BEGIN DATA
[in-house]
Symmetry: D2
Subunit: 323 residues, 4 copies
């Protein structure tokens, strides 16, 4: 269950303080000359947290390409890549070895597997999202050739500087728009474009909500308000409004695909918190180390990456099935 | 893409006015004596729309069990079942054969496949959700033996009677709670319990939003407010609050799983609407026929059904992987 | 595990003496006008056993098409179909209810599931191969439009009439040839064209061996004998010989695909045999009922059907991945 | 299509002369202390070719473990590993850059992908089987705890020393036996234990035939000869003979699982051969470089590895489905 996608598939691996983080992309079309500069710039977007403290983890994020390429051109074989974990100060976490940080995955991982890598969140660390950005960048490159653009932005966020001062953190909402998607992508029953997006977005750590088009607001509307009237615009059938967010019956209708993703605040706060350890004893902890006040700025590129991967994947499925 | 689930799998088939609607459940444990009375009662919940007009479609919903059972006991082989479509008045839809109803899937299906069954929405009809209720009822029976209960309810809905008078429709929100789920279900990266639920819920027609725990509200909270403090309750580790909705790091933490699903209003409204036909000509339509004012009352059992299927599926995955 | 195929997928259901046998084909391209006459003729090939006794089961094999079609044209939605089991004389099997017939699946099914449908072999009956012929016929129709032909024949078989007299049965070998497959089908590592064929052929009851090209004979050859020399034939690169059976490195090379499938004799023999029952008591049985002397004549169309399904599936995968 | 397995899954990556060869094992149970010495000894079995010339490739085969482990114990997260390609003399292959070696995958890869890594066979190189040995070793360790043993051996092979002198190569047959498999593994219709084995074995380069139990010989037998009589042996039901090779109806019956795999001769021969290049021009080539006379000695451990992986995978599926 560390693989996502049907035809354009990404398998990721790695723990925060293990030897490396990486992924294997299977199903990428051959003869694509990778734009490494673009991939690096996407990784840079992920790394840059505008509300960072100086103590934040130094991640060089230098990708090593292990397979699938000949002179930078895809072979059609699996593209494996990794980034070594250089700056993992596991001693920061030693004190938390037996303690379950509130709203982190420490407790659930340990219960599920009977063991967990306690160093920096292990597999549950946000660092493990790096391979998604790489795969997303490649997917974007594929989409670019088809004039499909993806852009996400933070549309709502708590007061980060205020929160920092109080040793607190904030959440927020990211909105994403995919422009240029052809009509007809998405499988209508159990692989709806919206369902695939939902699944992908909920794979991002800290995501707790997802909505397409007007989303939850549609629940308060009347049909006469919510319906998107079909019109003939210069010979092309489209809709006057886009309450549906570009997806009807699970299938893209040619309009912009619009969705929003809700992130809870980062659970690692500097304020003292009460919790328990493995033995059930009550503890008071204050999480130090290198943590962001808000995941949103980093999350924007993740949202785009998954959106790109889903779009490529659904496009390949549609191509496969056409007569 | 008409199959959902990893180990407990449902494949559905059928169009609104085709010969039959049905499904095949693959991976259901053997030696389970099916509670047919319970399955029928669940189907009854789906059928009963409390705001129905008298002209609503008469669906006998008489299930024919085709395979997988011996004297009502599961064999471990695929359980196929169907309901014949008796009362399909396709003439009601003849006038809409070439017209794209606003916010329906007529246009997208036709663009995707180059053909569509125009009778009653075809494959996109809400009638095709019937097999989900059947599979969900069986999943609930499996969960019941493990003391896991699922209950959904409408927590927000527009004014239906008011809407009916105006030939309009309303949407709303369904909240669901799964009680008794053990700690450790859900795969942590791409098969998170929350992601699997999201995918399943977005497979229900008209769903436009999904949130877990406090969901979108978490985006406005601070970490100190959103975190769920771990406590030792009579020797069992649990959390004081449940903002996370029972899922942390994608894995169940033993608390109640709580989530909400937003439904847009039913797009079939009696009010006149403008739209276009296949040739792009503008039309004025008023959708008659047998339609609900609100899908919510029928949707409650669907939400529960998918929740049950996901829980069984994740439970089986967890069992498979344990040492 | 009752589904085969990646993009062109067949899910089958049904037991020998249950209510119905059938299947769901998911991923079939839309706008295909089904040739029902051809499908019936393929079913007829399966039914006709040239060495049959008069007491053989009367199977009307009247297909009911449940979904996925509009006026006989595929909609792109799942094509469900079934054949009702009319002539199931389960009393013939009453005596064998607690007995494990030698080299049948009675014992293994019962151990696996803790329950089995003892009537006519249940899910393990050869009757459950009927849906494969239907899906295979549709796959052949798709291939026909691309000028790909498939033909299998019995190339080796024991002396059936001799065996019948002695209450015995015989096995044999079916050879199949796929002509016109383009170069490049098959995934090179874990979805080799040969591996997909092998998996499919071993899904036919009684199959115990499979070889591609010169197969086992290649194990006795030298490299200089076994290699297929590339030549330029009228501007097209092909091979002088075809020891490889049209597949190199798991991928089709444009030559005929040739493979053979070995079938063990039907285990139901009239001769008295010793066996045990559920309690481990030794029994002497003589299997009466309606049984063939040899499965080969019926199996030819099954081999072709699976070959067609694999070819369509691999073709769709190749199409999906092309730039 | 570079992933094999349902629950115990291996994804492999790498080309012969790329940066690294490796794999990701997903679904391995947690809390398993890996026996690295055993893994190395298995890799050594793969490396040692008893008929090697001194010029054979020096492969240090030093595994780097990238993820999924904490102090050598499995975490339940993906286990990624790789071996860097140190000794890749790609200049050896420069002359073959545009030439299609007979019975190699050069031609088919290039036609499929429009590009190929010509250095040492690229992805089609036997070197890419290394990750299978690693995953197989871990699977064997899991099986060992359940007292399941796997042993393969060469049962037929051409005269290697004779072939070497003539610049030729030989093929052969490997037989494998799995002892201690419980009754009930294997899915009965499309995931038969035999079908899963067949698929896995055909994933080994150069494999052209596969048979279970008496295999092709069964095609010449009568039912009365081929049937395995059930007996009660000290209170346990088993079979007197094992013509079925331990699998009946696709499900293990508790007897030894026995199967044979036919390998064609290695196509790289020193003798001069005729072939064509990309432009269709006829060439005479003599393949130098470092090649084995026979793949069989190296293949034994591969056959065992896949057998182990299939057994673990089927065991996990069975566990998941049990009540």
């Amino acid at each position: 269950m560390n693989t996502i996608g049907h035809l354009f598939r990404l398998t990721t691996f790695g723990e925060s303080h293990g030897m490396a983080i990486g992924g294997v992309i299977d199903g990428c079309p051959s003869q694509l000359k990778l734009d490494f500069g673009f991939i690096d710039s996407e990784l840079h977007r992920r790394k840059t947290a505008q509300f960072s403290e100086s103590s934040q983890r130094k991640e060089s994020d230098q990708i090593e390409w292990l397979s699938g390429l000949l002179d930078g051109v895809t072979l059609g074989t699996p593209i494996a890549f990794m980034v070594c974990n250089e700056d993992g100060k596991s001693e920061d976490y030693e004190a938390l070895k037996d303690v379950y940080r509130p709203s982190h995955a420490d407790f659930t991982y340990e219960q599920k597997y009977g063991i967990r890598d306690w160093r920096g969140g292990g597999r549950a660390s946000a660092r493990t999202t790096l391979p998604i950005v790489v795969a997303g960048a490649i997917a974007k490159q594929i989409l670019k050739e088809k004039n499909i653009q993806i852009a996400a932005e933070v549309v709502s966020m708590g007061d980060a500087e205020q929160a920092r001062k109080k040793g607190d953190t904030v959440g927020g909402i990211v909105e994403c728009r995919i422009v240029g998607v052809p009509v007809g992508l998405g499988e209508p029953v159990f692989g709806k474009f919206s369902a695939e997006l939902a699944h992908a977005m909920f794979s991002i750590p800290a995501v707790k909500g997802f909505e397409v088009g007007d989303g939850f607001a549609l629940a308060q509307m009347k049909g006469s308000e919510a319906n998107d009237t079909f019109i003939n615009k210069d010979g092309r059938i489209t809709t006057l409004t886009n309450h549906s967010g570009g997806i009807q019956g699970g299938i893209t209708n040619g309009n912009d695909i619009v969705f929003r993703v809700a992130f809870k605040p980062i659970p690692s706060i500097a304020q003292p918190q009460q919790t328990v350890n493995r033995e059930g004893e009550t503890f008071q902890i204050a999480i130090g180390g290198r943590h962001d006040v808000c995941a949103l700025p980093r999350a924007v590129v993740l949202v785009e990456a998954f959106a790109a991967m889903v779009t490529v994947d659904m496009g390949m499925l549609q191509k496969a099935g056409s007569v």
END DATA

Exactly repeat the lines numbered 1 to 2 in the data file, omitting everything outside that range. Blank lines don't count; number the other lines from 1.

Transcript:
[in-house]
Symmetry: D2